It seems Florida will once again be making changes to its election law: the Senate passed HB 7013 that Governor Rick Scott has indicated he will sign.
The bill counteracts much of the 2011 law that truncated early voting, changed provisional ballot rules, and stiffened rules on voter registration. These changes–combined with record turnout and a particularly lengthy ballot–meant that some Floridians waited in line six hours to vote on November 6th. HB 7013 seeks to improve the election experience by:
- Increasing the number of early voting days and the hours allowed each day. Supervisors of elections must offer at least 64 hours of early voting over the course of 8 days, with a minimum of 8 hours each day, but may offer up to 168 hours over 14 days, with 12 hours each day–allowing once again for the possibility of Souls to the Polls on the Sunday before Election Day.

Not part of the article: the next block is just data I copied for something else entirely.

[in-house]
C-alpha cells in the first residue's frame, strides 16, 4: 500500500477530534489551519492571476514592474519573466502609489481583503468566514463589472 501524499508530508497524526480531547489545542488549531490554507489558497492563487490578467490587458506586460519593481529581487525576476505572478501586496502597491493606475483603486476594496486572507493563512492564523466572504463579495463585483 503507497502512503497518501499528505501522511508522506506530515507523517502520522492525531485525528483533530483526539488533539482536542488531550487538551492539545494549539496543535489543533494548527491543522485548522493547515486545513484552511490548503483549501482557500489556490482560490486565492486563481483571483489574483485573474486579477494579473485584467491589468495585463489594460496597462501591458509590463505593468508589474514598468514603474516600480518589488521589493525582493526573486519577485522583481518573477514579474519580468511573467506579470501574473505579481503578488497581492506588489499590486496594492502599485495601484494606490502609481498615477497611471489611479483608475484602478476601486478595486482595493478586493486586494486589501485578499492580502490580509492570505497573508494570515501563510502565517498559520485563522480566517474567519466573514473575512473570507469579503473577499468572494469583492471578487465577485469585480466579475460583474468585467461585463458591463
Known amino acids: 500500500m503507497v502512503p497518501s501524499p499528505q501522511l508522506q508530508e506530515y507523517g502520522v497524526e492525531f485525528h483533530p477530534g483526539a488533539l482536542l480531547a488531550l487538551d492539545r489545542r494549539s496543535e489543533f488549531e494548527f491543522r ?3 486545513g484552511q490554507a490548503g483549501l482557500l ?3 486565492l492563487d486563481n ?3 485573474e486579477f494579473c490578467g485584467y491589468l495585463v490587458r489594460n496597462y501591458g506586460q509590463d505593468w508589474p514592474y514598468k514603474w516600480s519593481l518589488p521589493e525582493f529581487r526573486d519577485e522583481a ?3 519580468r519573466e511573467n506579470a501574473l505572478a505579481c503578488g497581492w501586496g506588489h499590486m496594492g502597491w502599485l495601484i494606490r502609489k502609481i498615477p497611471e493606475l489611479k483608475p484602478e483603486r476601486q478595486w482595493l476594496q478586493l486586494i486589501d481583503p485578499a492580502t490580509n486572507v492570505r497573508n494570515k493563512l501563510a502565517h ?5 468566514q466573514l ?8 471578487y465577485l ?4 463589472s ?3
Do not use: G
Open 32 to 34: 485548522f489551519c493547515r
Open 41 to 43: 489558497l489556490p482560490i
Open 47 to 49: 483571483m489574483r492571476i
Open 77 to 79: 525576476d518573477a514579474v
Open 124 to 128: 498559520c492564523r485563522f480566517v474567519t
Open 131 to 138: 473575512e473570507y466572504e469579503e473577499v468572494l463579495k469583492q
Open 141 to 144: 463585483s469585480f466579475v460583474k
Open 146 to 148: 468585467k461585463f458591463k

- Expanding possible early voting locations. Elections supervisors may now hold early voting at civic centers, convention centers, county commission buildings courthouses, fairgrounds, and government-owned community centers, and government-owned senior centers. Currently, early voting can only be held at supervisors’ offices, city halls, or public libraries.
- Allowing new county residents to change their addresses at the polls on Election Day and vote by regular ballots rather than provisional ballots.
- Allowing absentee voters who forget to sign a ballot to correct their mistake. Thousands of unsigned ballots were invalidated in 2012.
- Limiting Legislature-proposed amendment ballot summaries to 75 words or less. (The word limit can be exceeded if summaries need to be rewritten because the Supreme Court strikes them down for being misleading.)
If signed by Governor Scott, the law will take effect January 1, 2014 and applying these changes ahead of the next midterm election.